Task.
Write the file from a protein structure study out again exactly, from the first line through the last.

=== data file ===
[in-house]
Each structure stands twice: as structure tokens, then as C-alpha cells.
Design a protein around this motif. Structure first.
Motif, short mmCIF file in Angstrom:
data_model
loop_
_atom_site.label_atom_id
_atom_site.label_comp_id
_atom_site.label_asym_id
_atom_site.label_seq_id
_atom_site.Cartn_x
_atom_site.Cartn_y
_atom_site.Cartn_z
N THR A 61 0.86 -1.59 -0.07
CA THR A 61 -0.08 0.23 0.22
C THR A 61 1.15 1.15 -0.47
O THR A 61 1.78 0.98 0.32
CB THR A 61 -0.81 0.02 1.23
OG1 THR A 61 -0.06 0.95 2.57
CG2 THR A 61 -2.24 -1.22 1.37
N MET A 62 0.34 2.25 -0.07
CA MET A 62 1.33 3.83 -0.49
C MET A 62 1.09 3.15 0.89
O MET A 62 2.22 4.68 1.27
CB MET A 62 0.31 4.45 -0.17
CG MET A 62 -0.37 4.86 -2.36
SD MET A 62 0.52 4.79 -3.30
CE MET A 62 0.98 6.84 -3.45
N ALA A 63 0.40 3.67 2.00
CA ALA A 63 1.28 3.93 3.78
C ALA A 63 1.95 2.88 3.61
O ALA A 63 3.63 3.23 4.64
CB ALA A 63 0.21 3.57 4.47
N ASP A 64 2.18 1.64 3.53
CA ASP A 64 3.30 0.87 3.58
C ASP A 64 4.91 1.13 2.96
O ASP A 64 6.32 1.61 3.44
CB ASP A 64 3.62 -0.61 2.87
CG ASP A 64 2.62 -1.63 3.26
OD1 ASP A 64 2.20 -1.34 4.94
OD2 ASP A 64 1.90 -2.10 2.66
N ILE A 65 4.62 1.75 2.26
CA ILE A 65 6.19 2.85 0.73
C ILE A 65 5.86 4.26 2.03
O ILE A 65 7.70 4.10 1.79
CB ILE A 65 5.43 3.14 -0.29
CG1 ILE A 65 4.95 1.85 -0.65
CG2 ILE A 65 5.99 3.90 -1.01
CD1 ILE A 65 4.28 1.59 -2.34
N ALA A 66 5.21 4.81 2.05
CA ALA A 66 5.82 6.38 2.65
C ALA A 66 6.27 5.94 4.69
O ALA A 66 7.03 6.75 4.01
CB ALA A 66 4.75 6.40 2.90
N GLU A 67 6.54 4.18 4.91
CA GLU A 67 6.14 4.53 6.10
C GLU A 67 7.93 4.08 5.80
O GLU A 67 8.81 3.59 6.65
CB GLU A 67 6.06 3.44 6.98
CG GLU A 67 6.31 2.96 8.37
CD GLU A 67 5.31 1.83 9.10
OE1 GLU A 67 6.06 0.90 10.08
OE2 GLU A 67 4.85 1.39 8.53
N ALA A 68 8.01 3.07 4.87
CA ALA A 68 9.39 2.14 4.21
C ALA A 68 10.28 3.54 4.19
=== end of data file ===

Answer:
[in-house]
Each structure stands twice: as structure tokens, then as C-alpha cells.
Design a protein around this motif. Structure first.
Motif, short mmCIF file in Angstrom:
data_model
loop_
_atom_site.label_atom_id
_atom_site.label_comp_id
_atom_site.label_asym_id
_atom_site.label_seq_id
_atom_site.Cartn_x
_atom_site.Cartn_y
_atom_site.Cartn_z
N THR A 61 0.86 -1.59 -0.07
CA THR A 61 -0.08 0.23 0.22
C THR A 61 1.15 1.15 -0.47
O THR A 61 1.78 0.98 0.32
CB THR A 61 -0.81 0.02 1.23
OG1 THR A 61 -0.06 0.95 2.57
CG2 THR A 61 -2.24 -1.22 1.37
N MET A 62 0.34 2.25 -0.07
CA MET A 62 1.33 3.83 -0.49
C MET A 62 1.09 3.15 0.89
O MET A 62 2.22 4.68 1.27
CB MET A 62 0.31 4.45 -0.17
CG MET A 62 -0.37 4.86 -2.36
SD MET A 62 0.52 4.79 -3.30
CE MET A 62 0.98 6.84 -3.45
N ALA A 63 0.40 3.67 2.00
CA ALA A 63 1.28 3.93 3.78
C ALA A 63 1.95 2.88 3.61
O ALA A 63 3.63 3.23 4.64
CB ALA A 63 0.21 3.57 4.47
N ASP A 64 2.18 1.64 3.53
CA ASP A 64 3.30 0.87 3.58
C ASP A 64 4.91 1.13 2.96
O ASP A 64 6.32 1.61 3.44
CB ASP A 64 3.62 -0.61 2.87
CG ASP A 64 2.62 -1.63 3.26
OD1 ASP A 64 2.20 -1.34 4.94
OD2 ASP A 64 1.90 -2.10 2.66
N ILE A 65 4.62 1.75 2.26
CA ILE A 65 6.19 2.85 0.73
C ILE A 65 5.86 4.26 2.03
O ILE A 65 7.70 4.10 1.79
CB ILE A 65 5.43 3.14 -0.29
CG1 ILE A 65 4.95 1.85 -0.65
CG2 ILE A 65 5.99 3.90 -1.01
CD1 ILE A 65 4.28 1.59 -2.34
N ALA A 66 5.21 4.81 2.05
CA ALA A 66 5.82 6.38 2.65
C ALA A 66 6.27 5.94 4.69
O ALA A 66 7.03 6.75 4.01
CB ALA A 66 4.75 6.40 2.90
N GLU A 67 6.54 4.18 4.91
CA GLU A 67 6.14 4.53 6.10
C GLU A 67 7.93 4.08 5.80
O GLU A 67 8.81 3.59 6.65
CB GLU A 67 6.06 3.44 6.98
CG GLU A 67 6.31 2.96 8.37
CD GLU A 67 5.31 1.83 9.10
OE1 GLU A 67 6.06 0.90 10.08
OE2 GLU A 67 4.85 1.39 8.53
N ALA A 68 8.01 3.07 4.87
CA ALA A 68 9.39 2.14 4.21
C ALA A 68 10.28 3.54 4.19